The number of people diagnosed with cholera has increased to 30,621, which is the highest number of people suffering from cholera in the last 20 years.
The worst cholera epidemic in Malawi has killed more than 1,000 people even though the cases have reached 30,621, said the Minister of Health Khumbize Chiponda.
The number of people who died on Tuesday broke the record and surpassed the highest death toll of 968 people between 2001 and 2002, according to the World Health Organization (WHO).
Mr. Chiponda has asked the people to take care of the bodies of people affected by cholera before the funeral ceremony.
“People who die of cholera can be bathed by their relatives who prepare for the funeral… the spread of cholera follows these celebrations,” the minister said on Wednesday.
He called on people to use proper disinfection methods with chlorine and plastic body bags.
Most of the deaths have occurred in the two major cities of Lilongwe and Blantyre where children have recently returned to class after schools were delayed in opening to combat the disease.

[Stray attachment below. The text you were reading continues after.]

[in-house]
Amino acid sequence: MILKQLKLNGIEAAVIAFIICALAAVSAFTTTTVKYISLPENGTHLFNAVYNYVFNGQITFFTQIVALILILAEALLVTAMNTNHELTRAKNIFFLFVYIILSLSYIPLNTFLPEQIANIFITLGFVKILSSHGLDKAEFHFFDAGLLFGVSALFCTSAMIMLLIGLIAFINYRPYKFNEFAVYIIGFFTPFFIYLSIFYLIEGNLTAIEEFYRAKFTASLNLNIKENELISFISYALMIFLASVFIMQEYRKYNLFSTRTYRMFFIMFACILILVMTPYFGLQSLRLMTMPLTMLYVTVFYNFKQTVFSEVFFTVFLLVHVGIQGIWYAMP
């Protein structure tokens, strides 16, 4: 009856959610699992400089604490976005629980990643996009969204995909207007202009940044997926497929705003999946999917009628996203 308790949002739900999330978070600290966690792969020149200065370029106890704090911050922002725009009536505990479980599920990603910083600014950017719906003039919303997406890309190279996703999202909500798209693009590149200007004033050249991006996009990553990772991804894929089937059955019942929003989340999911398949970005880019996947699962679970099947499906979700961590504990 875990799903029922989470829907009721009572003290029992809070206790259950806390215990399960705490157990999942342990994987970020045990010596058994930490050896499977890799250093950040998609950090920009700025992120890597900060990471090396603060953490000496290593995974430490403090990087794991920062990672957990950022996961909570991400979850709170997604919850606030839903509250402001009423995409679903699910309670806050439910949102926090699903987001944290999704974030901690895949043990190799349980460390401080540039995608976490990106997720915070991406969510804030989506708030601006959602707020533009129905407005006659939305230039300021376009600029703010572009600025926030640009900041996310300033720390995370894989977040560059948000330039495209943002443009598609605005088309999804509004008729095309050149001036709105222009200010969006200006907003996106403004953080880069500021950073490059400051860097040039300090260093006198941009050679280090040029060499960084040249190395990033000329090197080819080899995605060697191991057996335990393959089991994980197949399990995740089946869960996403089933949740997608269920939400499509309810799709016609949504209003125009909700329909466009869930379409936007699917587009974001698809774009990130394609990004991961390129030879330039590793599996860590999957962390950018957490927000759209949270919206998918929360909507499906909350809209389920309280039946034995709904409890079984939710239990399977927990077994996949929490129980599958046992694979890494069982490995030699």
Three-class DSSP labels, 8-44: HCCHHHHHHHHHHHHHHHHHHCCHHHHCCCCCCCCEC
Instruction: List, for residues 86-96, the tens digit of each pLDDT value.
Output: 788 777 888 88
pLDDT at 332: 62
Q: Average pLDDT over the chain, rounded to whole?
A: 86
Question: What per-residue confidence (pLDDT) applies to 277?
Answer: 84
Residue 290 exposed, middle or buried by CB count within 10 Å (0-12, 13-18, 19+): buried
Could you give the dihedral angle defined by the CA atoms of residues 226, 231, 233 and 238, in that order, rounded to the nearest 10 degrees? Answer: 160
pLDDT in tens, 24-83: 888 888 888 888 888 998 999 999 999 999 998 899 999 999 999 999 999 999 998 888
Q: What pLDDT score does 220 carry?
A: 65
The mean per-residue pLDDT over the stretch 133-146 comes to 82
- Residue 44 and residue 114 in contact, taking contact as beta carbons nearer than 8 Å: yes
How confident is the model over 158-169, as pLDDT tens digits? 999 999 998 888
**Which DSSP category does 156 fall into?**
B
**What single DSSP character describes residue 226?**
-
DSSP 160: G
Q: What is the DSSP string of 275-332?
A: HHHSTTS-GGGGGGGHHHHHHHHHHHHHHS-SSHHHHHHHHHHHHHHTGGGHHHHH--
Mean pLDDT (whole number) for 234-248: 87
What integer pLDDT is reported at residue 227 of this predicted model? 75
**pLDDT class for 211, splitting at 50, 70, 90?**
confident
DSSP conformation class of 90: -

Cholera affects southern Africa during the rainy season from November to March, and usually kills about 100 people.
In November 2022, Malawi received more than 3 million doses of oral cholera vaccine from the United Nations to improve vaccination efforts but the number of cases continues to rise.
Health ministry spokesman Adrian Chikumbe told AFP that all levels had been used.
He added that “the fact that there is only one manufacturer of cholera vaccines in the world makes it difficult to find life-saving drugs”, which creates competition between countries that need help.
Cholera, which causes diarrhea and vomiting, is contracted from a bacterium that is usually spread through contaminated food or water.
George Jobe, director of the non-profit organization Malawi Health Equity Network, told AFP that myths and lies circulating on the internet are exacerbating an already existing problem.
“Most people don’t believe we have cholera,” he told AFP. In addition, “other religions do not allow them to do this [sick] members to go to the hospital”.
In September, the WHO warned that after years of decline, the world is witnessing an “alarming upheaval” of the cholera epidemic, with climate change exacerbating traditional causes such as poverty and conflict.
The disease affects between 1.3 million and 4 million people worldwide each year, killing 143,000 people.